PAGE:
StarsInTheNightSky Thu 03-Apr-14 20:17:54

I agree about joining the pregnancy after miscarriage thread, all the ladies are lovely and there's plenty of hand holding and support, which can be a huge help.

Personally I too found that the worst of the fear and paranoia hit me at about 24 weeks, I was expecting it to get less then, but it got particularly bad between 24 and 28 weeks, which wasn't helped by a lot of other complications and a lot of periods of reduced movement during that time, thankfully all seems to have settled down now though, touch wood!

Don't ever feel embarassed to go to the hospital, I was in four times in one week for reduced movements not that long ago, and the hospital said they'd rather see someone in every single day than have them sat at home worrying about whether something might be wrong.

At about 26 weeks I felt like my mental health was at it's lowest ebb, I felt worse than I had in a very long time, but as I got to 30 weeks it started to get better, things settled down and baby was getting bigger and stronger, and could be provoked into tantrums more easily to get him moving when he was being stubborn grin. I'm now 31+4 and not wanting to talk anything up, but I'm feeling happier and more relaxed than I have been for ages. Something which helped massively for me was getting my ELCS agreed and a date in the diary for it.

Take it one step at a time, one day at a time, you've had some great advice on this thread, but remember to be gentle with yourself xxx.

FoxHugs Thu 03-Apr-14 20:30:58

Thank you very much for your input, RedTooth, it's very refreshing.

All of us are different, probably that's why most things meant for "the masses" just don't agree with me.
When I was younger and had lost my dad suddenly, I took up GP's offer of counselling. And there she was - slinging all those cliches at me, I felt they're not appreciating that my brain capacity and analytical mind, using same old rusty stuff without consideration that I'm an individual.
I'm struggling to find the right words to summarise what I mean, you'd have done it better than me.
Basically my brain should be challenged; you can take the same thing and present it to me in four different ways. The one that has the most logic, intellectual and fresh approach will probably work.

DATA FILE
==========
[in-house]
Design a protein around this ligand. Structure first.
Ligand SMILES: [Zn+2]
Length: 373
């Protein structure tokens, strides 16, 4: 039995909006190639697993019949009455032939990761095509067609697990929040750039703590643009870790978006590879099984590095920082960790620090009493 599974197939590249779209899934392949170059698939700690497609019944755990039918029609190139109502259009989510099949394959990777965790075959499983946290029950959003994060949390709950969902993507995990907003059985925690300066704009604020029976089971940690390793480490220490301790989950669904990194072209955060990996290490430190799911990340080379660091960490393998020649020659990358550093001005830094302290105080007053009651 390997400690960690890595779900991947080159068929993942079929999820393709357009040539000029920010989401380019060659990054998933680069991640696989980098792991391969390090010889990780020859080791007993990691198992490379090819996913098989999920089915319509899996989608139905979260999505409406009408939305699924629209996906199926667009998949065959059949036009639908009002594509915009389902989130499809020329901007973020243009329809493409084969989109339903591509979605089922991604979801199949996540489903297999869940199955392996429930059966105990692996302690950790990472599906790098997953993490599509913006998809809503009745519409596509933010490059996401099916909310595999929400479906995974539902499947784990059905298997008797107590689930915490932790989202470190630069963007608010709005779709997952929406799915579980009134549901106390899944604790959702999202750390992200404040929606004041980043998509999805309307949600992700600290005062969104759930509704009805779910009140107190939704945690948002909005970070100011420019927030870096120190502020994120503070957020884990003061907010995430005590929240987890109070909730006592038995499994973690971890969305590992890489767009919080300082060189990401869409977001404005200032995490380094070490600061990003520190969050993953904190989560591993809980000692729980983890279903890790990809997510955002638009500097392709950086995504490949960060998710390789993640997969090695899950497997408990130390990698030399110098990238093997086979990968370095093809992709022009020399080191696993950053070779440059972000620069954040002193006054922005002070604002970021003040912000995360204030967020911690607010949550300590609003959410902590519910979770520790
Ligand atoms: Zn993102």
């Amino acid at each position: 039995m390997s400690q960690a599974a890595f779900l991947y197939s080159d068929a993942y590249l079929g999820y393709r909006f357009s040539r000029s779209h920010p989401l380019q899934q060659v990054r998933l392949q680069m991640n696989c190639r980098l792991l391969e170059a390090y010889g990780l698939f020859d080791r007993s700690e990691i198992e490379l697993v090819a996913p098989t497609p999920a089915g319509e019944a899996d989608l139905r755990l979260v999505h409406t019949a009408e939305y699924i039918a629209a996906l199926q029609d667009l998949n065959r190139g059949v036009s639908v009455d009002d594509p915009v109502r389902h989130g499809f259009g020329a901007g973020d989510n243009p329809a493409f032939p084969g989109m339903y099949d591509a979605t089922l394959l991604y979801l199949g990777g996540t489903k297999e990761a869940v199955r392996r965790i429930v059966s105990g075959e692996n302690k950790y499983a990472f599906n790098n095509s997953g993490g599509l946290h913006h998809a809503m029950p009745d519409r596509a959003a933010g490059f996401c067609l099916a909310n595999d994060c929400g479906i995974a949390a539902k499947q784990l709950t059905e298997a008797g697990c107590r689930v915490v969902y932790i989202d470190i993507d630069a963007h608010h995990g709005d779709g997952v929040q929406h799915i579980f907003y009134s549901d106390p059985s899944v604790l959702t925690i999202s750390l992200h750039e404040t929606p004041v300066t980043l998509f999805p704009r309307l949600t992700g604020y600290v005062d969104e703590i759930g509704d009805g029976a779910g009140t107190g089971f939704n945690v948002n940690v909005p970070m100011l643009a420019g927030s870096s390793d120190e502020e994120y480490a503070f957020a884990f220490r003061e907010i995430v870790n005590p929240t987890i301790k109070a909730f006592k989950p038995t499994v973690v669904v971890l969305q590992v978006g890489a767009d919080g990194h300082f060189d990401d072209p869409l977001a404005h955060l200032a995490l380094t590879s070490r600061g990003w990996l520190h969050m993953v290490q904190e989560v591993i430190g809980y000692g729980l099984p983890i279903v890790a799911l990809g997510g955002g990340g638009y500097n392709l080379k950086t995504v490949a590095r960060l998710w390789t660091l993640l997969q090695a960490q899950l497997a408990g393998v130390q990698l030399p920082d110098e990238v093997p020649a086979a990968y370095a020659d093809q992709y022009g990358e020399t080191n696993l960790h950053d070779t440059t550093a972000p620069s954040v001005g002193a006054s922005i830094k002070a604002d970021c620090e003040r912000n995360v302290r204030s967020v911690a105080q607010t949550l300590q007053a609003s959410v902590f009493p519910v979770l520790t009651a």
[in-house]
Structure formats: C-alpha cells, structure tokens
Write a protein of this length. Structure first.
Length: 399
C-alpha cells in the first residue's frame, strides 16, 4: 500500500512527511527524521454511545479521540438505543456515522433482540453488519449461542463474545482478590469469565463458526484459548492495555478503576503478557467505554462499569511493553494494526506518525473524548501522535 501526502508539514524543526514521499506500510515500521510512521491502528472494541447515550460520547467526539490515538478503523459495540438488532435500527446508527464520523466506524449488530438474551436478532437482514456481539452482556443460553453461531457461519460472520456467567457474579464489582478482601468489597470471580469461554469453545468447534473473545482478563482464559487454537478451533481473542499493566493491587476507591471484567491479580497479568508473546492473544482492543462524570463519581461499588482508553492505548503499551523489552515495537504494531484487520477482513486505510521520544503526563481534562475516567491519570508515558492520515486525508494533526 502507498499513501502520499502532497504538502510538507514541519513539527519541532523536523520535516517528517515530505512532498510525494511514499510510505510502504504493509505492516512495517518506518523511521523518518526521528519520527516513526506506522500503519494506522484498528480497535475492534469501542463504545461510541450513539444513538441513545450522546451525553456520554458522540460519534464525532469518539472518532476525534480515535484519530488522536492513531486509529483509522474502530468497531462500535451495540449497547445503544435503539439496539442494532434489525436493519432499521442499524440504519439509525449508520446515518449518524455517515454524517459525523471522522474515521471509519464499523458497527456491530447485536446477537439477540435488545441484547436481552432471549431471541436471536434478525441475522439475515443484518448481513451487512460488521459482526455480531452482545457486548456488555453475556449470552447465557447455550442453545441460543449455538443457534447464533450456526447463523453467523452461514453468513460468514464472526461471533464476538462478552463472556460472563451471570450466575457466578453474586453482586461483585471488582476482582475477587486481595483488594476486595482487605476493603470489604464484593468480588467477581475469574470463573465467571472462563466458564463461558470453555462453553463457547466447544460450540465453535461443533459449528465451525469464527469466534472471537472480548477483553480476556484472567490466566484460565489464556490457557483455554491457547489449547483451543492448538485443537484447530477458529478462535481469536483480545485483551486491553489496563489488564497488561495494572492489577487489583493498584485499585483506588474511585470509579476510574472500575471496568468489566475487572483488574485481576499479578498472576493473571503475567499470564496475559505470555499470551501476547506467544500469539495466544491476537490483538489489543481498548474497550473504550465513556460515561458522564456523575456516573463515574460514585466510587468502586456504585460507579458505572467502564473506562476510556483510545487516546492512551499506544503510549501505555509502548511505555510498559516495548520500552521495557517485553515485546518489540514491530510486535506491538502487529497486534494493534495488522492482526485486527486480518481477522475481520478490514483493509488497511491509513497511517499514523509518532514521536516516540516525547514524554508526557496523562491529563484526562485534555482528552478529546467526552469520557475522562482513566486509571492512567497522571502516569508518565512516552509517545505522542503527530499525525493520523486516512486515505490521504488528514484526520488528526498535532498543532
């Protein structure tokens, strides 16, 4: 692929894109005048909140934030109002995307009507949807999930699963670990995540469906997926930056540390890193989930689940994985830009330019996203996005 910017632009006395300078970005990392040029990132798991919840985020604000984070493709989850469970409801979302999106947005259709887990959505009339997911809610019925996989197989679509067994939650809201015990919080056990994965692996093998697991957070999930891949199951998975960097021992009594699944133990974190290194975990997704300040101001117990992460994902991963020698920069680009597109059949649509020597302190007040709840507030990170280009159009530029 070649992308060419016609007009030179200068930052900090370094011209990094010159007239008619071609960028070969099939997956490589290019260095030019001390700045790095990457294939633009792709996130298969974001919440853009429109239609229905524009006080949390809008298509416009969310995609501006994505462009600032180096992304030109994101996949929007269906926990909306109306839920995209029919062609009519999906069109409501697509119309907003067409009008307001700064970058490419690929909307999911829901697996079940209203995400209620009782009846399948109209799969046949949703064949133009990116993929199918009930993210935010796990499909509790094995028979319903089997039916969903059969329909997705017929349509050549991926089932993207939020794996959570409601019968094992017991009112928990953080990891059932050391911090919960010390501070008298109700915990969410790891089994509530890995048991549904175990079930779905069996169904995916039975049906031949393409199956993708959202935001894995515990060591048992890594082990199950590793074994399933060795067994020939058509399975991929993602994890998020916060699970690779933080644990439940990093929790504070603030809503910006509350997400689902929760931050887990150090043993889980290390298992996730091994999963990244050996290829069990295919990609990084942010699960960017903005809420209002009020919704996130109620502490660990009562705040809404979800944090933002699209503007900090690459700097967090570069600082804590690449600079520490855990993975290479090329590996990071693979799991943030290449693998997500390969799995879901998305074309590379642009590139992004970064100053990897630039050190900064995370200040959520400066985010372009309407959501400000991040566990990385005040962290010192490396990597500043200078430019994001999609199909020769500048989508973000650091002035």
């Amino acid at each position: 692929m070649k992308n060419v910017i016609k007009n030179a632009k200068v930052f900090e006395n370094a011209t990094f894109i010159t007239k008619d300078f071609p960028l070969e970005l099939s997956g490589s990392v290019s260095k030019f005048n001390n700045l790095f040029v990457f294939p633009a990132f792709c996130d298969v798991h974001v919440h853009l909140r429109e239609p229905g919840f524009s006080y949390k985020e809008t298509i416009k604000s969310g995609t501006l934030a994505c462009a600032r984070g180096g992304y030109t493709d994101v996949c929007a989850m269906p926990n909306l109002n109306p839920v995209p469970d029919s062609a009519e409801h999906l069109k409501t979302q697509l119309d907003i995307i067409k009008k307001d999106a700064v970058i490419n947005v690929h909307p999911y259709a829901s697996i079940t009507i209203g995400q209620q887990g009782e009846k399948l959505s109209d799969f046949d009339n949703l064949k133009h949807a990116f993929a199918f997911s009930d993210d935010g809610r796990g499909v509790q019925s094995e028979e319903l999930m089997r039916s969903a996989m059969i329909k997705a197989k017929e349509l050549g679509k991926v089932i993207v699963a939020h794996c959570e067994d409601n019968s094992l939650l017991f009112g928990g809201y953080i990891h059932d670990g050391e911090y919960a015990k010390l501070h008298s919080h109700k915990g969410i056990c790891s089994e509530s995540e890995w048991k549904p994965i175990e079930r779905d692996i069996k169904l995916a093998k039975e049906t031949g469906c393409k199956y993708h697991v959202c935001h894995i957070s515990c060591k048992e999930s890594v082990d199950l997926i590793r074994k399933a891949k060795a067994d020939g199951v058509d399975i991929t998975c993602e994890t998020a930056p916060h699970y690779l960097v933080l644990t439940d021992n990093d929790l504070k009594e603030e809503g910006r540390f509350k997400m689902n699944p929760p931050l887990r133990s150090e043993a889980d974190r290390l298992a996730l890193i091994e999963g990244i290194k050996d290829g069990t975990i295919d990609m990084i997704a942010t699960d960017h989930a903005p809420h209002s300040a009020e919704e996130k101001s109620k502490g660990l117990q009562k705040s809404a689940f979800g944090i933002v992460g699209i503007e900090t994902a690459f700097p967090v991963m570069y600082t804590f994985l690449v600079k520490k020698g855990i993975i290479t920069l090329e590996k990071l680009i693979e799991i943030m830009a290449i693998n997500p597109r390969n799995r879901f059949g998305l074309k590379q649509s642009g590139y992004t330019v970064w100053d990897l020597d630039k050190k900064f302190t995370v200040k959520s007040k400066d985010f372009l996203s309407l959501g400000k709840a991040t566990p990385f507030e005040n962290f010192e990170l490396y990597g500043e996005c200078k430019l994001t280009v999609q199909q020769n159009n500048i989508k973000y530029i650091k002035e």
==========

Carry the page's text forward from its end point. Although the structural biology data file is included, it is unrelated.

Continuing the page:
In my case you can line up a hundred "super duper" pregnancy psychiatrists repeating the same thing, I'll just dismiss it as boring, same old stuff. Not because I'm mad, but because I already know about it.
The doctor, without psychiatrists degree, hit the nail on the head with one simple sentence.
I know stats, I know majority are OK etc., etc., but I also know that stuff happens, it's very real, it's very frightening, it's very life changing.
The only thing I'm trying to do is eliminate potential risks to save any tragedy, and self blame should something go wrong. Plus draw on experiences of others, hopefully getting some tools I can implement in my own daily life. Little tricks and tips, no different to sharing recipes.

smile

I am also 24 weeks and completely stressed out.

My experience is different- my last dd was born with huge disabilities. I knew in pregnancy something wasn't 'quite right' but couldn't get anyone to listen to me until 35 weeks. She was born at 36 weeks and handed to me to hold until she passed away. Thankfully, she had other plans, and stayed for 13 months before leaving me.

With this pregnancy, I'm so scared something will be missed again. Not that I would do anything differently, but I would like to know about any problems before the birth this time. But my anxieties have moved on from my dd's problems to other equally awful scenarios, many of which you mentioned in your OP. I've no idea how to get through the next 14 weeks without anxiety. It's difficult being pregnant without the innocence and joy that I see in other people, but equally I don't want to wish this time away.

Hoping you get some useful advice OP and wishing you a healthy and uneventful pregnancy.

FoxHugs Thu 03-Apr-14 20:40:46

Stars I could just hug you smile
Yesterday was a good day, I actually felt happy butterflies that this just might work out.
Because he'd been quiet for two days, I took matters into my own hands - laden with Millie's cookies set sail for home, to try and make him respond to me! The sugar made me feel sick if I'm honest, as did the cold drink, but he did kick!!! I felt good that I'd been positive about things. These days may be few and veeeery far inbetween, but I've had my 1st! Xxx

FoxHugs Thu 03-Apr-14 20:51:31